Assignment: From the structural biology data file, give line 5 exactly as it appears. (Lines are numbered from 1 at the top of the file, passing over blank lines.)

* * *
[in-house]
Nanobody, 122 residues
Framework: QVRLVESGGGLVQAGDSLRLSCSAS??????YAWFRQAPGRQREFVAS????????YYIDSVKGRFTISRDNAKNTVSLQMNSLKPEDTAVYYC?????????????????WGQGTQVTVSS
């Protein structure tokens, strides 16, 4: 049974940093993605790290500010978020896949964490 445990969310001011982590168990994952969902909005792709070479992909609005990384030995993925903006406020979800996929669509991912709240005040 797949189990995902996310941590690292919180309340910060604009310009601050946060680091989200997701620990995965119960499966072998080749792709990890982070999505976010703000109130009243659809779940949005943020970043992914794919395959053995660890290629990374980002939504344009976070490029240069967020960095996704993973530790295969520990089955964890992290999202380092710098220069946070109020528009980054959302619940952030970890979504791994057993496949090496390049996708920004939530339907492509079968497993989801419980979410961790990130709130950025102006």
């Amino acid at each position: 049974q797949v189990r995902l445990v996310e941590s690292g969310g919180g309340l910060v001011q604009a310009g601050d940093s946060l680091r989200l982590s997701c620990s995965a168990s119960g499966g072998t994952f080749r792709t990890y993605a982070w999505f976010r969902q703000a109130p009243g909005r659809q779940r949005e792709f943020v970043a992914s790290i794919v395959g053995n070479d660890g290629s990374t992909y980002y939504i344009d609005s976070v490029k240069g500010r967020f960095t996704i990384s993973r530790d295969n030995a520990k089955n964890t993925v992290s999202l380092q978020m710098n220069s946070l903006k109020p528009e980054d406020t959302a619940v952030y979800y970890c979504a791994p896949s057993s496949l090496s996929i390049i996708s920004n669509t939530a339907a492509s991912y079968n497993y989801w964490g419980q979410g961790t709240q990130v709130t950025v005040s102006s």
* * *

């Amino acid at each position: 049974q797949v189990r995902l445990v996310e941590s690292g969310g919180g309340l910060v001011q604009a310009g601050d940093s946060l680091r989200l982590s997701c620990s995965a168990s119960g499966g072998t994952f080749r792709t990890y993605a982070w999505f976010r969902q703000a109130p009243g909005r659809q779940r949005e792709f943020v970043a992914s790290i794919v395959g053995n070479d660890g290629s990374t992909y980002y939504i344009d609005s976070v490029k240069g500010r967020f960095t996704i990384s993973r530790d295969n030995a520990k089955n964890t993925v992290s999202l380092q978020m710098n220069s946070l903006k109020p528009e980054d406020t959302a619940v952030y979800y970890c979504a791994p896949s057993s496949l090496s996929i390049i996708s920004n669509t939530a339907a492509s991912y079968n497993y989801w964490g419980q979410g961790t709240q990130v709130t950025v005040s102006s």